• Craig Mueller

Talk to the Animals

Funny how songs from our past come back to us. Like this song from the musical Doctor Doolittle. Here’s the song:

If we could talk to the animals, just imagine it Chatting to a chimp in chimpanzee Imagine talking to a tiger, chatting to a cheetah What a neat achievement that would be.

If we could talk to the animals, learn their languages Maybe take an animal degree. We'd study elephant and eagle, buffalo and beagle, Alligator, guinea pig, and flea.

Speaking of talking to animals, do you notice how many of us talk to our pets in baby talk? There is even an official term for it: PDS, Pet Directed Speech. You are so cute. You are my baby. Come to daddy, come to daddy. Some say we only talk to dogs that way since there is a cat apocalypse going on and they are taking over the Internet. Sure, cats simply look away and ignore you. But it didn’t stop me. I used PDS when I had cats. O Benna, O Berna, you’re so sweet. And in PDS the pitch always goes up at the end. Dinner’s ready. Here, Fido, fetch it. Want to go out for a walk?

And Saint Francis was known for talking to the animals. Preaching to birds. Taming a wild wolf. And telling fish to swim away so they wouldn’t get caught.

With such a happy topic as animals, I’m not sure what to make of the opening to the book of Job. The story is a downer. Job is upright. He’s got virtue and character that seems missing today. Yet the very worst happens to him. An Advocate figure in the heavenly court convinces God that Job is content when things are going well—but predicts Job will curse God in adversity. So a “test” is devised—one that seems absurd to us! Job loses his animals. Job loses his house. Job loses his children. Then sores cover his body and he is despicable to look at. Mrs. Job can’t bear it and tells him to just curse God and die. Job’s three buddies come and

say nothing. There are no words in the face of such calamity. In future chapters, though, they will pontificate that Job must have done something to deserve what happened to him, and that he should repent. But so far, Job simply says this: should we not receive good at the hand of God, and not also receive the bad?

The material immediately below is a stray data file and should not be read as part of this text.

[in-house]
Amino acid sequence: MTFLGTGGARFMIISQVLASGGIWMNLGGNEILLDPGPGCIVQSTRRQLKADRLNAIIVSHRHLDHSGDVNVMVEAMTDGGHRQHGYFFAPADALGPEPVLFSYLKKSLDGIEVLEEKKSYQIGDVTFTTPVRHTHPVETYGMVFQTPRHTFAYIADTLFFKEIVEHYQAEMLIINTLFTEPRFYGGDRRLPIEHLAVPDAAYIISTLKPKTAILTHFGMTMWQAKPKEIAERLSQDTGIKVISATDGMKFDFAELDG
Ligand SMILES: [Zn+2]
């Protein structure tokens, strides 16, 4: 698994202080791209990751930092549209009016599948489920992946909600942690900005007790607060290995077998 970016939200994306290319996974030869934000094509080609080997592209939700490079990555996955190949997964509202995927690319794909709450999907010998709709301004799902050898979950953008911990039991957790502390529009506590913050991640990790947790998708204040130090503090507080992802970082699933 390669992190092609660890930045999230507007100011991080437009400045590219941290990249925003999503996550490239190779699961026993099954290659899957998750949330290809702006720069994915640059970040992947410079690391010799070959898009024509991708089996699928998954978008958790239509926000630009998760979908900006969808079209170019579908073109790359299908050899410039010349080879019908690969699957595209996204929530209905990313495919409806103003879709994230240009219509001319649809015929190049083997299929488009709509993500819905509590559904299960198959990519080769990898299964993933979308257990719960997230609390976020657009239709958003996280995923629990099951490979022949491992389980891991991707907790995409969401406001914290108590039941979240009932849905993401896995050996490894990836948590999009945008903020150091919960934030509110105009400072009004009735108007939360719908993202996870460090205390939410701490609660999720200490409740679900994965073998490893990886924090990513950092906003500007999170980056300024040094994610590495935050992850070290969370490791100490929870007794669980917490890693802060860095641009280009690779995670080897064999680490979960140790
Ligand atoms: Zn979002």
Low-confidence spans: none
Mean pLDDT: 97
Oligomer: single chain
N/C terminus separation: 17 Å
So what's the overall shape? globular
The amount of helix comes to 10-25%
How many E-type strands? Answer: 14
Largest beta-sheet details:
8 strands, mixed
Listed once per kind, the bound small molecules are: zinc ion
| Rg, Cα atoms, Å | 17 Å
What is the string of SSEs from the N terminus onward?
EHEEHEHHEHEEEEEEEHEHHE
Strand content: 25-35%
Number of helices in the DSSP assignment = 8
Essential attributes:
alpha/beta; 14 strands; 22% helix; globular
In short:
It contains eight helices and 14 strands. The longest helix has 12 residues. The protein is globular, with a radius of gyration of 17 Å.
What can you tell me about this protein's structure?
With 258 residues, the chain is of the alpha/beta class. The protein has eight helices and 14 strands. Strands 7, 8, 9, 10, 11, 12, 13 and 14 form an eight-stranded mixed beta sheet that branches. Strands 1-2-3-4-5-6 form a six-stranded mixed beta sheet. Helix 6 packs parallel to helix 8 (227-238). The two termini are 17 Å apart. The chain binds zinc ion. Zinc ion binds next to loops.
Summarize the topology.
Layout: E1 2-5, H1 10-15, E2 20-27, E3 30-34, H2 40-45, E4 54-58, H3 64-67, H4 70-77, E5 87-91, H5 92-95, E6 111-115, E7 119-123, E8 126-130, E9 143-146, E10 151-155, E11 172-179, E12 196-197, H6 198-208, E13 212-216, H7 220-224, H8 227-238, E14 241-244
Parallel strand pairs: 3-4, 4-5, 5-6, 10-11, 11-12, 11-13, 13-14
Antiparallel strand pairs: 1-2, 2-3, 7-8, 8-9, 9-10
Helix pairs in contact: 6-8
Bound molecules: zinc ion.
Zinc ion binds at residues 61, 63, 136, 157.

More on Job to come throughout October. But here’s my great discovery. Someone recently mentioned a book I had on my shelf. Ask the Beasts: Darwin and the God of Love. It’s by the same wonderful theologian, Elizabeth Johnson, I mentioned a couple weeks ago for her book: She Who Is. The title, Ask the Beasts, comes from some verses later in Job. When Job’s so-called know-it-all friends go on and on with judgment and condescension, Job retorts:

Ask the beasts and they will teach you;

the birds of the air, and they will tell you;

ask the plants of the earth and they will teach you;

and the fish of the sea will declare to you.

These days humans act as if we own the universe, that we are the centerpiece of creation, and that to “have dominion over the earth” means that everything be done in light of human needs, not necessarily animals and plants and what we call “nature.”

And look what that has brought us. Population growth out of control. Excessive consumption of the earth’s resources. A gap between rich and poor never seen before. Creatures becoming extinct due to our pollution and waste. And a loss of the biodiversity that is so necessary for the survival of all.

Listen to the animals. Listen to nature and what it teaches us about our place in the universe. Jesus reminds us to receive the kingdom of God like a child. In church we lay our hands on the heads of children. Today, in honor of Francis, we lay our hands on the creatures of the earth to bless them as well. And they remind us that we are all creatures. That we all are filled with divine life. That we are all mortal.

Listen to the children and listen to the beasts. Listen to the silence. Share the bread and the wine. For Francis and the animals help us to fall in love with the life, with the earth, with creation, with the seasons. And when we listen carefully their wisdom gives us the courage to change our behavior and to protect the earth and its resources, especially creatures near extinction. Go ahead and talk to the animals and then listen carefully what they might say.

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© 2017 Craig Mueller